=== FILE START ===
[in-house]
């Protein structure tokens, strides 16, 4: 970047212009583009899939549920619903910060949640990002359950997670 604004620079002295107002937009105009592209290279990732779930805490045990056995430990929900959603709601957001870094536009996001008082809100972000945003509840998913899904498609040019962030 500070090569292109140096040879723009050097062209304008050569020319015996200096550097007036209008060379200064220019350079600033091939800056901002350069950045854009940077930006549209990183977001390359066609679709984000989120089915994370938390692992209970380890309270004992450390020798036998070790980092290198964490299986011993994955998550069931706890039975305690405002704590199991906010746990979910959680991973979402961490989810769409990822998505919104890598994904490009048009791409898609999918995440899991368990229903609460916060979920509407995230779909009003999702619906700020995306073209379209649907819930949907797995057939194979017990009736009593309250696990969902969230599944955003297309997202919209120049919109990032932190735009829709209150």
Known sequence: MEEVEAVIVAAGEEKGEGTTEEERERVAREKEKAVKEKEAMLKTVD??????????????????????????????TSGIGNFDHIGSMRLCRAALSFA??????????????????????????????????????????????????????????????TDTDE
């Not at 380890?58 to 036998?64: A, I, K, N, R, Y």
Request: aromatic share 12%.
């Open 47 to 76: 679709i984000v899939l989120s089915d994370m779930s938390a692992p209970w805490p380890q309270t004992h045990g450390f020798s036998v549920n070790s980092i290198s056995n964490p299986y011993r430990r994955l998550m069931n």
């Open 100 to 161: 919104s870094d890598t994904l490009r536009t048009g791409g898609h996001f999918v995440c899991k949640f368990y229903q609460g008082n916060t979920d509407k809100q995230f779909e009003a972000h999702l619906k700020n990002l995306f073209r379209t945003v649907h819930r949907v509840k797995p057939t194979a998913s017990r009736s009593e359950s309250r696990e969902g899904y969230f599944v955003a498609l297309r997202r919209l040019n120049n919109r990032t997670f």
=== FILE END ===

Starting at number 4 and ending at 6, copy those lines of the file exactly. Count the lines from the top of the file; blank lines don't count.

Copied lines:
């Not at 380890?58 to 036998?64: A, I, K, N, R, Y």
Request: aromatic share 12%.
């Open 47 to 76: 679709i984000v899939l989120s089915d994370m779930s938390a692992p209970w805490p380890q309270t004992h045990g450390f020798s036998v549920n070790s980092i290198s056995n964490p299986y011993r430990r994955l998550m069931n």